Individual vs. Group Psychotherapy for Patients with EDNOS

Reprinted from Eating Disorders Review
March/April 2005 Volume 16, Number 2
©2005 Gürze Books

According to the American Psychiatric Association’s Diagnostic and Statistical Manual IV, there are six examples of eating disorders not otherwise specified (EDNOS). Two have mainly anorectic features, two have mainly bulimic features, and the two remaining subtypes are: repeatedly chewing and spitting out, but not swallowing, large amounts of food (EDNOS type 3); and binge eating disorder (BED). .

Until now, there have been no randomized controlled studies of the effects of cognitive behavioral therapy (CBT) or interpersonal psychotherapy (IPT) for patients with types of EDNOS other than BED. Drs. Lauri Nevonen of Queen Silvia Children’s Hospital, Goteborg, Sweden, and Anders G. Broberg, Goteborg University, designed a study to investigate the effectiveness of sequenced CBT followed by IPT for patients who repeatedly chew and spit out, but don’t swallow, large amounts of food (Eur Eat Disorders Rev 2005; 13:29).

Thirty-five patients were selected, and a randomized normal control group was composed of 3 groups of 315 women from the county administration’s civic registry. The patients were evaluated immediately before and after treatment, and at 1- and 2.5-year follow-up sessions. BN patients were included in a similar study comparing sequenced CBT followed by IPT.

Characteristics of the patients

The mean age of the patients was 20.5 years and the mean body mass index (BMI) was 21.4. The mean duration of illness was 4.5 years. The frequency of binge eating episodes was 1.3 times per week and the frequency of self-induced vomiting was 1.6 times per week. Thirty-four percent did not vomit at all, and 30% vomited more than 2 days per week. Fourteen percent of the patients had at least 2 binge eating episodes a week and 31% did not binge eat.

Group therapy

Group treatment consisted of 23 sessions over a period of 20 weeks. The group sessions were held for 2 hours in the evening (5-7 pm), twice weekly for the first 3 weeks and once a week thereafter for 17 more weeks. Individual sessions were scheduled for 50 to 60 minutes a week for 23 weeks.

The treatment model was based on 10 sessions of symptom-focused CBT followed by 13 sessions of IPT. CBT treatment focused on psycho-education, including self-esteem, dieting, body-weight-shape, binge eating, compensatory behaviors and physical consequences, identifying dysfunctional eating patterns with self-monitoring sheets, establishing regular eating patterns, coping strategies and prevention of relapse.

During the second phase of treatment with IPT, the authors concentrated on current interpersonal problems. Grief, interpersonal disputes, role transitions and interpersonal deficits were identified by each patient and put in an eating disorders context.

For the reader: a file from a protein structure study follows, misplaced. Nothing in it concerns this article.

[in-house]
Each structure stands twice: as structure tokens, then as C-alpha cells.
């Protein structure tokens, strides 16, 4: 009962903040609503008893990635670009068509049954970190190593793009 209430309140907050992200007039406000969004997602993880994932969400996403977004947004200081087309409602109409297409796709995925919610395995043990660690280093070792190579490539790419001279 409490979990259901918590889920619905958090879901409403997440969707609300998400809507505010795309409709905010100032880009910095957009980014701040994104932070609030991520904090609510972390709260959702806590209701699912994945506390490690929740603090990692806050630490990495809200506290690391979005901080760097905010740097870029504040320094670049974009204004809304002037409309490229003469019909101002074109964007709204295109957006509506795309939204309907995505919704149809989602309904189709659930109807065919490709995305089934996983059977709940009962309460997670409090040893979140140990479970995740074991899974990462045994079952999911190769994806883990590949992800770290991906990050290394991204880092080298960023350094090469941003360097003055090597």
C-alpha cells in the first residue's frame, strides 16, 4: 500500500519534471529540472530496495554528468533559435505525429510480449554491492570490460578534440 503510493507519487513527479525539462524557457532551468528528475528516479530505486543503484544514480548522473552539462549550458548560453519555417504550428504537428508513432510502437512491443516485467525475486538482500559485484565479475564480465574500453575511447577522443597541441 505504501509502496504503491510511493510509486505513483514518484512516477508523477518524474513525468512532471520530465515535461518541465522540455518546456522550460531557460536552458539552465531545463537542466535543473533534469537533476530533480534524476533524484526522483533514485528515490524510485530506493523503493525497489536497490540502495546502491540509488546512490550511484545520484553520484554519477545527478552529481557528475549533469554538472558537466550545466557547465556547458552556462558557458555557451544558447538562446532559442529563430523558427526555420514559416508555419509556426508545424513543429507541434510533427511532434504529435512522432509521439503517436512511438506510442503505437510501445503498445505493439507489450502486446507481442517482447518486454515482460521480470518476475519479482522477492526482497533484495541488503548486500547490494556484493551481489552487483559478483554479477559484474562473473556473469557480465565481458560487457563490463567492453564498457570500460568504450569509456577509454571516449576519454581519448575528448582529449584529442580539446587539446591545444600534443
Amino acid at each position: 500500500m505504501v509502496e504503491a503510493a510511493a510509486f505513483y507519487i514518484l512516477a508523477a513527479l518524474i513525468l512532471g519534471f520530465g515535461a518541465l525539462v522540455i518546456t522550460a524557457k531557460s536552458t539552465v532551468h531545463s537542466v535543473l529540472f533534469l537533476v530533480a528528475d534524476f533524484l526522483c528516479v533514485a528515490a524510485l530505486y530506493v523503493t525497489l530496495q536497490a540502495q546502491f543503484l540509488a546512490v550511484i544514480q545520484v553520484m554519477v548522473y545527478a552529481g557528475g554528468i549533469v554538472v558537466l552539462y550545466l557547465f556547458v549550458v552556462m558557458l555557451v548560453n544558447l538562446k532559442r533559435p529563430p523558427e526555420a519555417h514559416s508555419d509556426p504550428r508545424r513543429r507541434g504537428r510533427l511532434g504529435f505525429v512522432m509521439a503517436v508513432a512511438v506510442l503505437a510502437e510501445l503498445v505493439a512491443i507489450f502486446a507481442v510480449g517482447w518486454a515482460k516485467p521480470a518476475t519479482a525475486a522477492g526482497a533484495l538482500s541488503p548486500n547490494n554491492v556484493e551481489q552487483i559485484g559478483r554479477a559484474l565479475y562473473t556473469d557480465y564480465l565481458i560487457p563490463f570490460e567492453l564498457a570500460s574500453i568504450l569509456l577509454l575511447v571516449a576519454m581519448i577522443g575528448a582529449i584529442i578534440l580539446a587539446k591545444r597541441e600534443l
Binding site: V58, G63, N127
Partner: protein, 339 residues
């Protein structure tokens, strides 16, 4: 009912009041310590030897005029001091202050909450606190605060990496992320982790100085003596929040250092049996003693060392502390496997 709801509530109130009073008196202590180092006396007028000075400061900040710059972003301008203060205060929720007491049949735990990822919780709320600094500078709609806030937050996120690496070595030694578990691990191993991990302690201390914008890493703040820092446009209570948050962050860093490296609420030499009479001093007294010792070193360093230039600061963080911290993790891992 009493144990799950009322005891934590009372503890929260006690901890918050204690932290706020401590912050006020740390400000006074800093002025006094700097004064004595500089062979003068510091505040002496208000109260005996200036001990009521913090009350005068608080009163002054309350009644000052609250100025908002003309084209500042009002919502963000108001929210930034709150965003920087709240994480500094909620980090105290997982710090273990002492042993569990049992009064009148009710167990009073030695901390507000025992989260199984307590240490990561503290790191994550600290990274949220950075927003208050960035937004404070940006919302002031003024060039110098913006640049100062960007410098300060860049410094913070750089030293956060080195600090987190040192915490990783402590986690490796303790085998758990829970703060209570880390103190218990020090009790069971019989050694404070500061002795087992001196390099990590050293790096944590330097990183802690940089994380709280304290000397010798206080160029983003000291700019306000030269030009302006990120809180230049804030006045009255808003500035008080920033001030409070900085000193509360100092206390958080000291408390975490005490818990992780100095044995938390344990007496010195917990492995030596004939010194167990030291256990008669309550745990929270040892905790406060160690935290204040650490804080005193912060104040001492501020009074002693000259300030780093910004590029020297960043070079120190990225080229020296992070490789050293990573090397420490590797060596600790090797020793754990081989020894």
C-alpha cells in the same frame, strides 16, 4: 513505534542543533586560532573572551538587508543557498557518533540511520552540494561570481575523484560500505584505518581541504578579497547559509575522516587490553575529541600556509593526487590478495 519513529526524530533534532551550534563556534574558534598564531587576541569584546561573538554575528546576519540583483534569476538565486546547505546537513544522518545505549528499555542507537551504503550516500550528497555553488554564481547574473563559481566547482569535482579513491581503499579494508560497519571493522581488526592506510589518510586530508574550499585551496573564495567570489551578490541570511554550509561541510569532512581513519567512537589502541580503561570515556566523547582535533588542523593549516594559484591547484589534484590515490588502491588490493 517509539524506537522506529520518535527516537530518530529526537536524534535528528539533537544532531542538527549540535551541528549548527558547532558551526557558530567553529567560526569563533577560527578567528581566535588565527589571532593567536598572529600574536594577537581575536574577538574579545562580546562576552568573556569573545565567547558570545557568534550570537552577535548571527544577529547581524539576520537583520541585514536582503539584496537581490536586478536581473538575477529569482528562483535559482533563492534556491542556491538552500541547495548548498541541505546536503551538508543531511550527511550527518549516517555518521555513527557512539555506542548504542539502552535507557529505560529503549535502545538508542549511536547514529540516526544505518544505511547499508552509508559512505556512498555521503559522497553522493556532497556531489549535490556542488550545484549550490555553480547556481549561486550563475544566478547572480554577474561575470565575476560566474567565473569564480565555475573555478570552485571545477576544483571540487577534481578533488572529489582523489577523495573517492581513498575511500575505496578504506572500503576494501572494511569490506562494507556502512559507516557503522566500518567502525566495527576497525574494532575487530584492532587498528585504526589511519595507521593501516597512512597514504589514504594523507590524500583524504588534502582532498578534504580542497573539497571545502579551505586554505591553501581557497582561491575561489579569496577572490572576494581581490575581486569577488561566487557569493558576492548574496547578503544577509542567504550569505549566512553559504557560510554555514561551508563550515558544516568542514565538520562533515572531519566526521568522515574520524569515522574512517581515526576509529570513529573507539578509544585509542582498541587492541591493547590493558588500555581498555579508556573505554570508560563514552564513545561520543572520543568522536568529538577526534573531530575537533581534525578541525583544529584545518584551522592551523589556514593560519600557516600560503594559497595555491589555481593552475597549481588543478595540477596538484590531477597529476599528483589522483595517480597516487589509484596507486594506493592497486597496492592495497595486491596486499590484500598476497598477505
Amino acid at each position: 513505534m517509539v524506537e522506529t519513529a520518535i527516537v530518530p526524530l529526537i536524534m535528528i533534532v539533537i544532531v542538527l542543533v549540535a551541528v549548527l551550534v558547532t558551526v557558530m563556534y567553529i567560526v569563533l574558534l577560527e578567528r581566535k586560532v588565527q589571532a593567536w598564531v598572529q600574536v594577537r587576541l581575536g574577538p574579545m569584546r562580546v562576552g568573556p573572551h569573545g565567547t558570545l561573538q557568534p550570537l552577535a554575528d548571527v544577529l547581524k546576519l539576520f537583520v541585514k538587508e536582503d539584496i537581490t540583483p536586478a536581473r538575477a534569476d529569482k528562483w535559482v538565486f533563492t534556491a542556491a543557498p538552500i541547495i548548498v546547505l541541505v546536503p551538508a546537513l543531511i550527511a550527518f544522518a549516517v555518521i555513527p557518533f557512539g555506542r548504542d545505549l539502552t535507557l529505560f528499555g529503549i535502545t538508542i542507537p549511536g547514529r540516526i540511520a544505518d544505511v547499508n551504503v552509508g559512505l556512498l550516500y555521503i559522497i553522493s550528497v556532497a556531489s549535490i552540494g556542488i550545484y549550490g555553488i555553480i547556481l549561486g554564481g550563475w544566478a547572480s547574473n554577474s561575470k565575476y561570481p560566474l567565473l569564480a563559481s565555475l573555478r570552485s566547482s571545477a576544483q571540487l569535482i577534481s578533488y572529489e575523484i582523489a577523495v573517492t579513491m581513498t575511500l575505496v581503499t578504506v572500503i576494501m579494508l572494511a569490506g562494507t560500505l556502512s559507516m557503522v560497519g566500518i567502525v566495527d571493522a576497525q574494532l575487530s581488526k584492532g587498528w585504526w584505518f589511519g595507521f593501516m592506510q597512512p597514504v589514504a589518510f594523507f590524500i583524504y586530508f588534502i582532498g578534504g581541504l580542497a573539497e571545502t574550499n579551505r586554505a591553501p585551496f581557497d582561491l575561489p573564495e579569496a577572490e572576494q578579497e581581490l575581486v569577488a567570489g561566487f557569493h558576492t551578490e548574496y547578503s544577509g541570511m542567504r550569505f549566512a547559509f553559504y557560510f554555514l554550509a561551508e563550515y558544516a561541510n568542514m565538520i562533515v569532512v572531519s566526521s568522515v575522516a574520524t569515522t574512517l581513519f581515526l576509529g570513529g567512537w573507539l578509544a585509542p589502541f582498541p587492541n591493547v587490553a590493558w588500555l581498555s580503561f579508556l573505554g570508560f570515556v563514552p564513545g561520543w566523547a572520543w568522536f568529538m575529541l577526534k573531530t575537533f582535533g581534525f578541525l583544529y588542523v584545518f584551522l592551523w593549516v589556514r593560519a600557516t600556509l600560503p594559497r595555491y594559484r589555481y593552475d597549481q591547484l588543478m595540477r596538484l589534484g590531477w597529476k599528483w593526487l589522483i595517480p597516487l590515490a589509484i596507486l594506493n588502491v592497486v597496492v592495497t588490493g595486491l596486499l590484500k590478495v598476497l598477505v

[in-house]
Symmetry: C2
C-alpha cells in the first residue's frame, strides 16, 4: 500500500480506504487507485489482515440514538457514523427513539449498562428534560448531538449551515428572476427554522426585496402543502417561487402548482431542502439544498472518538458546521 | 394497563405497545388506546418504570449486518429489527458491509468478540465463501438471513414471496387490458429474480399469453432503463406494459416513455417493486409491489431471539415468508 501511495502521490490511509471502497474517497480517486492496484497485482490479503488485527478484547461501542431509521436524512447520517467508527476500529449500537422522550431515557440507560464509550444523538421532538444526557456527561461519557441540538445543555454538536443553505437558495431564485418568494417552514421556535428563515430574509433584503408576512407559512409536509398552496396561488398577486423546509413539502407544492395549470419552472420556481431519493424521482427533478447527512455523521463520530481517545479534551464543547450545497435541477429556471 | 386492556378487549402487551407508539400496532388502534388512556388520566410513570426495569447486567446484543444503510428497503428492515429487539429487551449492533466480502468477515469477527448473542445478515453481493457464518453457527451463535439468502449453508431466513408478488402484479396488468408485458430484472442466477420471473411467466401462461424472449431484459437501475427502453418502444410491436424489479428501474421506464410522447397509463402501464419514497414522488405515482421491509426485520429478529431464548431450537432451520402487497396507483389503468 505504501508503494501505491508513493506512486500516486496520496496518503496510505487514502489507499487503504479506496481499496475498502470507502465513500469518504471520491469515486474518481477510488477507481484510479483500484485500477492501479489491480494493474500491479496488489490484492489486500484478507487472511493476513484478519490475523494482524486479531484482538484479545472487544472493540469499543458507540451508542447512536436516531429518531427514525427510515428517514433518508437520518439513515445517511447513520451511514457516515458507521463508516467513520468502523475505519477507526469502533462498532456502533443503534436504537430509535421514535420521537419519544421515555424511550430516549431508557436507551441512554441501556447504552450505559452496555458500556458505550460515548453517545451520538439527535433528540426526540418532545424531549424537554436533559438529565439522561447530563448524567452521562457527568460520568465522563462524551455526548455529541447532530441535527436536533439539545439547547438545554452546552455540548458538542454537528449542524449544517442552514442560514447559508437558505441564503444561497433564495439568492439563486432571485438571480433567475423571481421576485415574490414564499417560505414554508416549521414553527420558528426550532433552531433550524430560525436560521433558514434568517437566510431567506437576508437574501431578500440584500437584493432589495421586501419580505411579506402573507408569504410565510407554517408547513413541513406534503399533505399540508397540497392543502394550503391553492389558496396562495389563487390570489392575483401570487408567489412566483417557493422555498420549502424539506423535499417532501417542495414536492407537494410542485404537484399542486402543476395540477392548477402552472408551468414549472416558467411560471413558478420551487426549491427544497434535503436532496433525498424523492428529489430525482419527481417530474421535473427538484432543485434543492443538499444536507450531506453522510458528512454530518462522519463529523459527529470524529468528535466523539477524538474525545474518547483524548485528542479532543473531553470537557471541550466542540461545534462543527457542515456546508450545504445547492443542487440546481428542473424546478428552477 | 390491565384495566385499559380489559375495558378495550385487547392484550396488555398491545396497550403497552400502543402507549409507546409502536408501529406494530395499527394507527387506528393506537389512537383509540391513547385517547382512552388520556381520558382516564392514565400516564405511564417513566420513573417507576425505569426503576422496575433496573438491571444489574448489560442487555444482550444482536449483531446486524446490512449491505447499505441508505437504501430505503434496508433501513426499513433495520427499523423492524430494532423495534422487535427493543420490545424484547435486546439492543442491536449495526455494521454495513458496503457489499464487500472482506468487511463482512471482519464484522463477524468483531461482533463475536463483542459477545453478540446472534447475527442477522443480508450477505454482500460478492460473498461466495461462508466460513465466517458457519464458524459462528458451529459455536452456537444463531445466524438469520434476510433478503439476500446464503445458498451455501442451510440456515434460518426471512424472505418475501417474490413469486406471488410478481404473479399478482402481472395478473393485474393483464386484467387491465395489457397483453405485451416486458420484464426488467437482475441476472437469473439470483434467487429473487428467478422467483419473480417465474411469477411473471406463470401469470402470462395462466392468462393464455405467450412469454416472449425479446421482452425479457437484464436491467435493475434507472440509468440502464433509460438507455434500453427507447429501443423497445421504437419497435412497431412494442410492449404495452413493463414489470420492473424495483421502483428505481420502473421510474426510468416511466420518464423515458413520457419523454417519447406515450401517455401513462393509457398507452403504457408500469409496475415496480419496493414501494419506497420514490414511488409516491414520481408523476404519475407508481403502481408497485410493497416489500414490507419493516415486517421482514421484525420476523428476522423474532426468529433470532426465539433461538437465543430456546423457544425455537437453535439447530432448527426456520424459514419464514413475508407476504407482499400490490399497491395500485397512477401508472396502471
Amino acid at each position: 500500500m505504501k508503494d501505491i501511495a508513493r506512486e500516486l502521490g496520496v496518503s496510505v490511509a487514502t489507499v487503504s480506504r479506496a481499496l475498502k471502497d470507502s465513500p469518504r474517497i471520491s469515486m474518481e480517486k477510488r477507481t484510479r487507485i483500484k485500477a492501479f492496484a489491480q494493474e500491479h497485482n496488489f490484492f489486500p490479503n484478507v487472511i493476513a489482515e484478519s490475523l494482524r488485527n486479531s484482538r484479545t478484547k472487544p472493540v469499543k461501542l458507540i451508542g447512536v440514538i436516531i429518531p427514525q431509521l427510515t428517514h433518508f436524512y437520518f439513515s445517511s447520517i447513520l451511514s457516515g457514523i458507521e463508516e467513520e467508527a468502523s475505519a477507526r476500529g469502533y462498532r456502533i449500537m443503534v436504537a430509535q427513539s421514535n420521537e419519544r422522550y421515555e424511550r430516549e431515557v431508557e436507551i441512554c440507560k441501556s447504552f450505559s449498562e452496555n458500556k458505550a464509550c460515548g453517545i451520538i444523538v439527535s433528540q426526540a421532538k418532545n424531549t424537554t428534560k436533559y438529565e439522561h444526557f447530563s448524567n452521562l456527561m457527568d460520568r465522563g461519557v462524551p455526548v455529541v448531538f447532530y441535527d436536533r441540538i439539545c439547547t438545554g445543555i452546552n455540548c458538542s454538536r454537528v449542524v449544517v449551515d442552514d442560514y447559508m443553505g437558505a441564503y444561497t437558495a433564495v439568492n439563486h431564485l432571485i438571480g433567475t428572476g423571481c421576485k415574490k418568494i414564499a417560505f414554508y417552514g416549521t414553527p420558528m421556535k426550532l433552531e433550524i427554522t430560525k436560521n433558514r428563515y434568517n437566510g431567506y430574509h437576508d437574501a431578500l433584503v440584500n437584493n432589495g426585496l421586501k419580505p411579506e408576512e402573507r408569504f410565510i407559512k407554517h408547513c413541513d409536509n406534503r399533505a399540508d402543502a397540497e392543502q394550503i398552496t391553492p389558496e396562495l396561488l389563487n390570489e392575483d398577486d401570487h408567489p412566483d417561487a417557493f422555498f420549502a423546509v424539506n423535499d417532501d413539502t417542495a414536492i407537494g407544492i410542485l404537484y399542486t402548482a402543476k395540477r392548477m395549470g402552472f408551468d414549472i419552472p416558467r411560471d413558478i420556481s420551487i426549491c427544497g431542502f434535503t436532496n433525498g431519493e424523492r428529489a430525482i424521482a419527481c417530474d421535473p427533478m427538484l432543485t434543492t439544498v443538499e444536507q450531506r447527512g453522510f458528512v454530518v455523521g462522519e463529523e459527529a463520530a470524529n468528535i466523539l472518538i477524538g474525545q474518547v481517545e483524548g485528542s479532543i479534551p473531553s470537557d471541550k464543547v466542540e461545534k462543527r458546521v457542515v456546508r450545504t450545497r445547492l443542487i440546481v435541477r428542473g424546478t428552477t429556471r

At one year: Group therapy was more effective at first

At the end of treatment, about 10% of each sample had recovered. At one-year follow-up, 83% of those in the group therapy group and 53% of those treated individually had recovered. By the 2.5-year follow-up, the recovery rate for those in the group treatment segment had fallen to 67% and the recovery rate for those treated with individual therapy increased to 59%.

At the end of treatment, about 40% of both groups were in remission. At one-year follow-up, 95% of those in the group treatment segment and 76% of those treated individually were in remission. At the 2.5-year follow-up, about 80% of persons in both groups were in remission.

Thus, was individual or group therapy more effective? In terms of binge eating and purging, the authors were not able to demonstrate any statistically significant changes between individual and group therapy. Group therapy produced larger effects, compared with individual therapy. The sequenced treatment was more effective overall for EDNOS patients compared with the group with bulimia nervosa.

Clinical implications

According to Dr. Nevonen and colleagues, a patient with severe eating problems rather than interpersonal problems may be a good candidate for individual therapy. If, however, the patient has predominantly interpersonal problems, group therapy would be a good alternative. Group therapy is also generally more cost-effective than individual therapy and more patients can be treated sooner. Before the type of therapy is selected, however, the authors advise that the patient undergo a thorough assessment, including his or her eating disorder and interpersonally related symptoms.

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